Thomas has a deep appreciation for the people of Grenada and he views them as a brave. He is not a bystander but a saviour. His efforts on behalf of Grenadians are far greater than most Grenadian politicians.
“The challenge for us is to realize our limitless potential, not as an entitlement but as an opportunity. We have the potential to be equals, how that potential is realized is up to us,” Thomas said.
Here’s how he responded to specific questions:
Q. When did you get involved in politics?
A. I was arrested in 1981 and released from prison in1983 during the Grenada revolution. At the time I was one of a group of shareholders from the Grenadian Voice, who included Mr Leslie Pierre. We were arrested and sent to prison and when I was released from prison in October 1983 is when I got involved.
Q. After working as a lawyer, what made you decide to get into politics and how did you make that transition?
A. I did not have to make a transition from lawyer to politician. When I became prime minister, my focus was fully governance and politics, but I always see myself as a citizen of Grenada, making a positive contribution on both the political and legal fronts.
Q. What was the basic platform that you ran on in the last general election? What changes were you going to make, if you were re-elected?
A. Our basic platform in the last general election was to establish a good economic foundation by focusing on what we referred to as the transformational pillars of the economy, namely: (a) education, health and wellness; (b) tourism and hospitality services; (c) agriculture and agri-business; (d) information communication technology; and (e) renewable energy. The continuation of the good governance agenda was also part of our platform. And if we were elected we were going to put a heavier emphasis on project implementation. We had mobilized funding for several projects, including the rebuilding of parliament and flood mitigation project in St Mark’s and we would have liked to have oversight of those projects.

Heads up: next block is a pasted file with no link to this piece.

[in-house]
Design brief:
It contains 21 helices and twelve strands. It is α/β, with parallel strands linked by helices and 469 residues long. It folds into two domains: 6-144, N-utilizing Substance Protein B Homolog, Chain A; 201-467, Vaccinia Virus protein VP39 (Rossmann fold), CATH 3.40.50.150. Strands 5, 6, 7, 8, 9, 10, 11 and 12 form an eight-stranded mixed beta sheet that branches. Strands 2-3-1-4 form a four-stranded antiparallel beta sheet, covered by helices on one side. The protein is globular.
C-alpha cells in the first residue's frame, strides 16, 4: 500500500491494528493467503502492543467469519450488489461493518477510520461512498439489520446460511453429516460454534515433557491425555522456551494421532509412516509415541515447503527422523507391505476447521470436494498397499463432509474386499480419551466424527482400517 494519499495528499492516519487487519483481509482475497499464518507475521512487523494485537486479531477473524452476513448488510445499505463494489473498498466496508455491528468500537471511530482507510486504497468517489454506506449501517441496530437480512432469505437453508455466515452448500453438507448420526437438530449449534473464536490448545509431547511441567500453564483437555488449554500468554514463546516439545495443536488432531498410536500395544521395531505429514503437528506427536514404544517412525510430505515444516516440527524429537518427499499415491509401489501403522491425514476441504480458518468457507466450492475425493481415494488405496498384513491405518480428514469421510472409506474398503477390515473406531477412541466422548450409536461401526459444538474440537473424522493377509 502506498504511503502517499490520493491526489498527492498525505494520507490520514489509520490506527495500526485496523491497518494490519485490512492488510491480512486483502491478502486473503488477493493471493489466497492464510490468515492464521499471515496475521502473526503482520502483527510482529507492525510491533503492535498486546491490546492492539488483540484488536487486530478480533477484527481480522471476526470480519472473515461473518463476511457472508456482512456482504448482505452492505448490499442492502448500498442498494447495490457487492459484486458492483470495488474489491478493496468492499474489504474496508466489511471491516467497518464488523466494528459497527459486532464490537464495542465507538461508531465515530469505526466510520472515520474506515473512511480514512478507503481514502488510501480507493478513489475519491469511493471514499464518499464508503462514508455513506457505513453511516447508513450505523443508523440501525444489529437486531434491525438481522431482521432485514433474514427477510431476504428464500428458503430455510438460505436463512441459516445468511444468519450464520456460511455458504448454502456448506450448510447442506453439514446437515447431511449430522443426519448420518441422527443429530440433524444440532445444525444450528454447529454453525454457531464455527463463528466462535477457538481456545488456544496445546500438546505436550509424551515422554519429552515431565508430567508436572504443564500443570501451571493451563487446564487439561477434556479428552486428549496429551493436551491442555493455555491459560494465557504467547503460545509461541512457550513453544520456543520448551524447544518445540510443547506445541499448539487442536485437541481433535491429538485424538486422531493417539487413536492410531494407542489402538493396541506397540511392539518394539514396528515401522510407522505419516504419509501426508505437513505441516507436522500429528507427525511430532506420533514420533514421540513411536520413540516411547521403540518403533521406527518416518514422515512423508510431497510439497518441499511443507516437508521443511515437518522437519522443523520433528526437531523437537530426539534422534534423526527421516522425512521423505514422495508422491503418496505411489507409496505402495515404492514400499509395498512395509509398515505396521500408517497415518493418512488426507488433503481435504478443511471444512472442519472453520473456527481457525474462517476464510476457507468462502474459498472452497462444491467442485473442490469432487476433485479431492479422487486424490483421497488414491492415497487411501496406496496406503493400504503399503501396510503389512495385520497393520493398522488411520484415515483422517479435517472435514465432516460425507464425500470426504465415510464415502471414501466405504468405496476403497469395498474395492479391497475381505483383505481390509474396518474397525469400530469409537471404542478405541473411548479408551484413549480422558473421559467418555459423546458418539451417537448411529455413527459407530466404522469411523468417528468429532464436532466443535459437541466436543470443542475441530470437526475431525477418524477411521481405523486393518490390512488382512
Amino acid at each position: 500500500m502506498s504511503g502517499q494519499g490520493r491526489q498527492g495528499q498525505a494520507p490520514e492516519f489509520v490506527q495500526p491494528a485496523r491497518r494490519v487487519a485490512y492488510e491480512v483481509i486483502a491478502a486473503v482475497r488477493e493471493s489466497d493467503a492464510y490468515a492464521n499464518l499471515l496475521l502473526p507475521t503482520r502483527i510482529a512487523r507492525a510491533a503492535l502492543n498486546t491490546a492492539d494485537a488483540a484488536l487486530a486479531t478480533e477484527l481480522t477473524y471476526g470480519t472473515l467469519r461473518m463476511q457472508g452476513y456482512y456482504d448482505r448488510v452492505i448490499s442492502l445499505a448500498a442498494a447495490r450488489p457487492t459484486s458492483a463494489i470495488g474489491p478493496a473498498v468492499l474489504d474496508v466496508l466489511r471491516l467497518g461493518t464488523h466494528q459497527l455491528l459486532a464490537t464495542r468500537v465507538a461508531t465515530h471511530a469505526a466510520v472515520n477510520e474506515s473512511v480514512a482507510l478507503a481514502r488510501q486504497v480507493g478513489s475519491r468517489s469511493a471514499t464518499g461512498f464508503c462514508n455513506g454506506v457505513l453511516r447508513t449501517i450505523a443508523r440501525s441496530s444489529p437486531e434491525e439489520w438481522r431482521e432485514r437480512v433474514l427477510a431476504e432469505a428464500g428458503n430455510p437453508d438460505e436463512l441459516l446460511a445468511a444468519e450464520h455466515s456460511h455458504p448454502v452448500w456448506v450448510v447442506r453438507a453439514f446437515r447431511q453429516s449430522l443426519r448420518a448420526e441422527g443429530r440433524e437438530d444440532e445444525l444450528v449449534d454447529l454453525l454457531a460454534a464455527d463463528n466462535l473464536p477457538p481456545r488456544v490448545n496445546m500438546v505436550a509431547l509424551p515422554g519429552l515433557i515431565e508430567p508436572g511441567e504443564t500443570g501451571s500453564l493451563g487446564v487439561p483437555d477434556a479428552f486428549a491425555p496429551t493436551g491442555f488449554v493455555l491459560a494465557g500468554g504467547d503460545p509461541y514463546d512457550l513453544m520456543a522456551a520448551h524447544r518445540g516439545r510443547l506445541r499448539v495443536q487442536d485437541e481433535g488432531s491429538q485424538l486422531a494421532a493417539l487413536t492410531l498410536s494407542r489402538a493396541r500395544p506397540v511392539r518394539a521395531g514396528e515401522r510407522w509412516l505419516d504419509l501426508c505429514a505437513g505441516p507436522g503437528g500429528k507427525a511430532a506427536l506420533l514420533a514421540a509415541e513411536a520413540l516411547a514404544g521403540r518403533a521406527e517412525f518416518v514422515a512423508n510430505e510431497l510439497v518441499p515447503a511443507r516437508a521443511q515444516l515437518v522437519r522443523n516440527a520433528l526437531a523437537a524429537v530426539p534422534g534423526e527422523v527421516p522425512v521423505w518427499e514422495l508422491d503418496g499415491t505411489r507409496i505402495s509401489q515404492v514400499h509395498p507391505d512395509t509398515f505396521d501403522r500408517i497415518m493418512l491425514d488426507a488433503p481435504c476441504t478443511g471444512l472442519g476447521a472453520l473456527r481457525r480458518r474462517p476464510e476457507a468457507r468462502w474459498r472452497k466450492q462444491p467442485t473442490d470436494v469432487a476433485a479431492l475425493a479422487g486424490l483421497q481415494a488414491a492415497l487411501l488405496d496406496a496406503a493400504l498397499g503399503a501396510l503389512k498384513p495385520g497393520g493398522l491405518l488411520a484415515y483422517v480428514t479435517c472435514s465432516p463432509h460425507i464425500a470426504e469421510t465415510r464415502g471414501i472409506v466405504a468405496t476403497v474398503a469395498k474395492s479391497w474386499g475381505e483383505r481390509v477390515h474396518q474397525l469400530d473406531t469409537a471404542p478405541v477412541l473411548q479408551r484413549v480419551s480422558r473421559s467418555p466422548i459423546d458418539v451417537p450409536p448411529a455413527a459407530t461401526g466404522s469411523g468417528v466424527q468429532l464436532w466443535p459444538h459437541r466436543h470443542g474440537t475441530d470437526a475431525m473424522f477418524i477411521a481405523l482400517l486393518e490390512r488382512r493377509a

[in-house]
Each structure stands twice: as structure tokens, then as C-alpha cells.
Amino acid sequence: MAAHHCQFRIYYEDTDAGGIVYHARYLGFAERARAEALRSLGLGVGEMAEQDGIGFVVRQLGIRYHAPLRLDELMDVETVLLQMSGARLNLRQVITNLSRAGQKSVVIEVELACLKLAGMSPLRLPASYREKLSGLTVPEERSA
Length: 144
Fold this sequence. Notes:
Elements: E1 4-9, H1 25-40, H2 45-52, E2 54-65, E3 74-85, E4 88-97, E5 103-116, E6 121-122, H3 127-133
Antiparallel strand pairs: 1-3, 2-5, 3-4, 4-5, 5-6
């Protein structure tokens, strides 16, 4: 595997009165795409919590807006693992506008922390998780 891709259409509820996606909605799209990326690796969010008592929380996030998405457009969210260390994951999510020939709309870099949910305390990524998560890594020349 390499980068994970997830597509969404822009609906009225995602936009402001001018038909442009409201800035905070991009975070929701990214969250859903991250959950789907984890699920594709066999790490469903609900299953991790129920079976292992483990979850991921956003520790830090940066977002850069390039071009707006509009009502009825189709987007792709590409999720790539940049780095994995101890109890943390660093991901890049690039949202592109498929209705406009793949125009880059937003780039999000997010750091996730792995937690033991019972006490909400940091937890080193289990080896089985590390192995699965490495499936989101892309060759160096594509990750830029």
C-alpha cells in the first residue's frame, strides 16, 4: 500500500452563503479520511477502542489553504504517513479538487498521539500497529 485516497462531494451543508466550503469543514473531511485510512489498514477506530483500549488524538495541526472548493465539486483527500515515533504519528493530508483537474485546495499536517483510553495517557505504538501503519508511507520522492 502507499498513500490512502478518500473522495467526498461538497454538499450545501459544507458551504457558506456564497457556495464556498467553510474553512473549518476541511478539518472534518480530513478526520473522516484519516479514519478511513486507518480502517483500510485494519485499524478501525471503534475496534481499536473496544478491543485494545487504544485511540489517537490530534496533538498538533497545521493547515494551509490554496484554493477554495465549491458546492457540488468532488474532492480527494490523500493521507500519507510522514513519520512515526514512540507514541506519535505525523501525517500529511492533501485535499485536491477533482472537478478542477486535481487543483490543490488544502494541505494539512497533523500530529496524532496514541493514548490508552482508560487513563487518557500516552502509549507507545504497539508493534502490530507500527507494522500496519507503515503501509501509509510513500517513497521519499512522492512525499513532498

Q. As St Patrick’s has a large NDC demographic, what specific issues are on the agenda that affect your community?
A. Like most constituencies, the issue of unemployment affected St Patrick’s. However, we were able to establish community access points to make internet services access available to St Patrick’s and other rural communities. We were also able to introduce video conferencing to TAMCC St Patrick’s.
Q. What have your previous positions, such as lawyer and politician, taught you about what people need and how to help them?
A. People have potential, they have talents and as leaders we have to help in creating the environment where their potential and talent could be harnessed and bring about a better quality of life.
Q. What were you going to bring to the political arena that another candidate couldn’t?
A. I cannot speak for other candidates, but the record would show that I brought a high level of respect for institutions as evidenced by the appointment of Commissioner of Police William Thompson. He was appointed after an interview was conducted by a panel set up by the public service commission. That was a first in the last 20 years in Grenada. I did not and will never tolerate corruption of any kind.
Q. Do you believe you were an effective leader?
A. Effective leadership is always a debatable issue. Some would say I was effective, others would say I was not. However, I subscribe to the concept of principle-centered leadership and my decisions were based on principle.
Q. How has your leadership style changed over time?
A. Fundamentally my leadership style has not changed. I may be more flexible on certain issues today than I was previously. I have always been very organized and disciplined, and I’ve always been highly curious and worked harder than most people. I have this strong fire and this drives my vision, because I care a lot about people.
Q. What behaviour do you have a particularly low tolerance for?
A. Corruption, I resent people using public office for private gains. I don’t expect people to be Tinkerbell, but when people have that dark cloak, that just drives me crazy. People should be direct and say how they feel.
Q. What kind of recognition means the most to you?
A. A person should be recognized for his or her strength of character.
Q. The NDC politicians have struggled with internal divisions for the past few years. What caused the dissention?
A. No there was no dissention. There was a struggle for power. There were those who came into NDC with an agenda to take over the leadership and, when that did not materialize, they started to undermine and destabilize the party and government.
Q. After losing the general election, how are you coping?
A. I am coping well. As a patriotic Grenadian, I will continue to make my contributions. I am not defined by any position of office.
Q. If you had one message to get out there, what would it be?
A. Get involved. Be informed. Speak up. Know what’s happening in your community so you could be in a position to make wise decisions.